03.02.2015 06:22 AM

In this week’s Hill Times: when you drop 15 points

You’re the incumbent, you’re smart, you’ve got plenty of experience, but you can’t get ahead in the polls. So what do you do?

You call for a series of leaders’ debates, that’s what you do. 

Stephen Harper, however much he disdains the mainstream media, knows one media truism to be irrefutable: politicians are rarely felled by a single news story. If that were not so, Harper would have been long ago dispatched by robocalls, or Afghan detainees, or In-and-Out, or prorogation, or Senators Duffy, Wallin and Brazeau.

But that hasn’t happened. The reason: nowadays, citizens pay less and less attention to the news media. They’re busy. They’re distracted. They’re suspicious of big news organizations, even, often seeing them as just another corporate special interest group. 

Harper, being clever, knows this. He knows, therefore, that what matters isn’t a single story. What matters is a whole series of related stories, over a long period of time, incrementally chipping away at a politician’s reputation. 

Case in point: Harper’s principal opponent, Justin Trudeau.

Abacus Data released an important poll a few days ago, and you can bet Stephen Harper clipped it out of the paper to keep in his wallet for use with caucus Nervous Nellies. Most of us focused on the tail end of the poll, which showed an equal number of Canadians predicting a Conservative or Liberal election victory. Ipsos came out with a horse race poll a few days later, showing sort of the same thing: the Grits and the Tories were tied in support. 

But that was the tail. The head of Abacus’ poll showed something else entirely. It showed that, between last August and now, Justin Trudeau’s inevitability had slipped 15 percentage points. That is, a lot fewer folks expected him to win, now. 

Fifteen points.

That’s a lot. The last time that number happened to the Liberal Party of Canada, in fact, was a decade ago. Remember? Paul Martin commenced his “Mad As Hell” tour, and persuaded millions of Canadians to get mad as hell, too—at him. He promptly dropped 15 points and never recovered. 

Justin Trudeau, according to Abacus and others, has done something similar, albeit less dramatically. Since August, he has slowly, surely, and incrementally lost the aura invincibility that once clung to him like a seal fur coat.

Stephen Harper, being a student of politics, has a theory about that.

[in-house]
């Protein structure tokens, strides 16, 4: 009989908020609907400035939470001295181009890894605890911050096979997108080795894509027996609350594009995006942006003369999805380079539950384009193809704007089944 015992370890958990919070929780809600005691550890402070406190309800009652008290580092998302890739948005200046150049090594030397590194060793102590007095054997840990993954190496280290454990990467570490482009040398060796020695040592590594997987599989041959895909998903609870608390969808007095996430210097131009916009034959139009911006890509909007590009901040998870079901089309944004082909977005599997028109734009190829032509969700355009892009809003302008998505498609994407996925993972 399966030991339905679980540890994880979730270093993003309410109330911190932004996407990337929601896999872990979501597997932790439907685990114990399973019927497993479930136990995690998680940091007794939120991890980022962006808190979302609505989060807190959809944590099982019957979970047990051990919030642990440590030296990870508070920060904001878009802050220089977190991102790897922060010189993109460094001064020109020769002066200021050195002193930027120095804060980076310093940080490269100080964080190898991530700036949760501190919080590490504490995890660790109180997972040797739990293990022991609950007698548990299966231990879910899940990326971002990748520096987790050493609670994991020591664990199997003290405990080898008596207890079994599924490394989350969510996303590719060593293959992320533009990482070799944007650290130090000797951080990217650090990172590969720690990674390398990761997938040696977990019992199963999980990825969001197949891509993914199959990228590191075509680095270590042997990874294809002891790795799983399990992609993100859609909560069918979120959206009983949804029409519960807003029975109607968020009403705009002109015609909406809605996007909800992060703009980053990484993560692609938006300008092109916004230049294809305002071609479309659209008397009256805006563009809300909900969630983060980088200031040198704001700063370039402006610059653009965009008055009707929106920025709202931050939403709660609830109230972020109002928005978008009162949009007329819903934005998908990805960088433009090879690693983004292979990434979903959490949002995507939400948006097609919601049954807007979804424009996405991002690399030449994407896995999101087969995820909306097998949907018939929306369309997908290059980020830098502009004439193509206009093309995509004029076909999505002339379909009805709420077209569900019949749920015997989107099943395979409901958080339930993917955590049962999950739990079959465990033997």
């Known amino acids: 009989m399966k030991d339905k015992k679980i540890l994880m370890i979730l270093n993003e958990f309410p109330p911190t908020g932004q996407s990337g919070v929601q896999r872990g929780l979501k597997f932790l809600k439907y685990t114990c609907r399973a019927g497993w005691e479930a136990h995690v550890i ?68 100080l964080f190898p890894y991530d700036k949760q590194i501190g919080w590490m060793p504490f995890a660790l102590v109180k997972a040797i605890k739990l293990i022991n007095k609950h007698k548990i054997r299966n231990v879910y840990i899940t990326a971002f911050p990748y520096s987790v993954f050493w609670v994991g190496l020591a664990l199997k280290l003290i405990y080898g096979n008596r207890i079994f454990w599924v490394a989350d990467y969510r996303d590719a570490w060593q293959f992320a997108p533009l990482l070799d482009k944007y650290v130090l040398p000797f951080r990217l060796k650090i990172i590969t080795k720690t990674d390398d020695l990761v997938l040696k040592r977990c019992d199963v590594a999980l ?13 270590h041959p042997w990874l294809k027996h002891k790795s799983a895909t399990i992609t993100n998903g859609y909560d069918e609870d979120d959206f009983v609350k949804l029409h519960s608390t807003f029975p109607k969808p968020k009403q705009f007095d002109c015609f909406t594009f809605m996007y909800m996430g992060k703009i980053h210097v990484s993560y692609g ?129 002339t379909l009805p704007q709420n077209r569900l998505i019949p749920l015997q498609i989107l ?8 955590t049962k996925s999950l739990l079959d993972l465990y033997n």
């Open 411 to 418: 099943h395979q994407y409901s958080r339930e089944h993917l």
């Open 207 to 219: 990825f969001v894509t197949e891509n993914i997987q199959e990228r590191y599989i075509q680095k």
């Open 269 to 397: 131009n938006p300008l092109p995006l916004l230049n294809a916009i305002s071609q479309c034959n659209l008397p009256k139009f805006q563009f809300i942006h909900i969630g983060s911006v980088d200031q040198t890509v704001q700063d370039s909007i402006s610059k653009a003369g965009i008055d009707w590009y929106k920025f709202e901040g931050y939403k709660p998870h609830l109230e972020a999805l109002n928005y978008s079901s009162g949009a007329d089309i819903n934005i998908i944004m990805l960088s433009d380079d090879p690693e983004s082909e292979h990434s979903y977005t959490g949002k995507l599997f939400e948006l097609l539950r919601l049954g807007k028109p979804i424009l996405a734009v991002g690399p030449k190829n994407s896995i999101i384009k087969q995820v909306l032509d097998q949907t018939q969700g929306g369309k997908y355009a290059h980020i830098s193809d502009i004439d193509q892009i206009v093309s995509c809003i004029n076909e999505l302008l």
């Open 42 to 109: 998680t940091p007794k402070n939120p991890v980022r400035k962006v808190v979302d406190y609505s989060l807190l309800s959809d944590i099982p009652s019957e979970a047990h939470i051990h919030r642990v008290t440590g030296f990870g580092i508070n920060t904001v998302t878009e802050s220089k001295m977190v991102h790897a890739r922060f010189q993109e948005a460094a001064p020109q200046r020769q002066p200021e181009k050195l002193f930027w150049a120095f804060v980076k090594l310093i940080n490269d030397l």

At the very moment that Canadians noticed that Trudeau makes an awful lot of verbal flubs—at the moment Trudeau opposed taking any action against the genocidal force that is ISIS, at the moment he seemingly mocked our military—the Liberal leader commenced a downward descent. He isn’t dead, not by a long shot, but the trend line—as the pollsters call it—isn’t particularly good. It tells a story, one that doesn’t assist Justin Trudeau.

Thus, the debates idea, which The Toronto Star reported on late last week. “Tories consider more debates to trap Justin Trudeau,” the headline read, atop a story replete with the usual anonymous sources. The story went on to quote just one person on the record—NDP Leader Thomas Mulcair—who is all in favour of more debates, too. Surprise, surprise.

Now, it’s possible Trudeau could show up at said debates, and impress everyone. He’s certainly lowered expectations about his verbal dexterity, and then some. So it is possible he could exceed those expectations.

But it’s equally possible—likely, even—that, during one of a series of regional debates, Trudeau will say something that is unhelpful to his cause. And the Tories and the Dippers seize on that—as they did with Ignatieff and Dion—and again persuade a million self-identified Liberal voters to stay home.

Thus, the suggestion that there be a myriad number of debates. For Stephen Harper and Tom Mulcair, it’s a great idea.

For Justin Trudeau, it ain’t.  

11 Comments

  1. Peter says:

    Assuming he won’t win on the Harper-as-bogeyman theme, what issue will he seize on to turn things around?

  2. Tired of it All says:

    Warren, what are your thoughts on the debates as an extension of the boxing ring?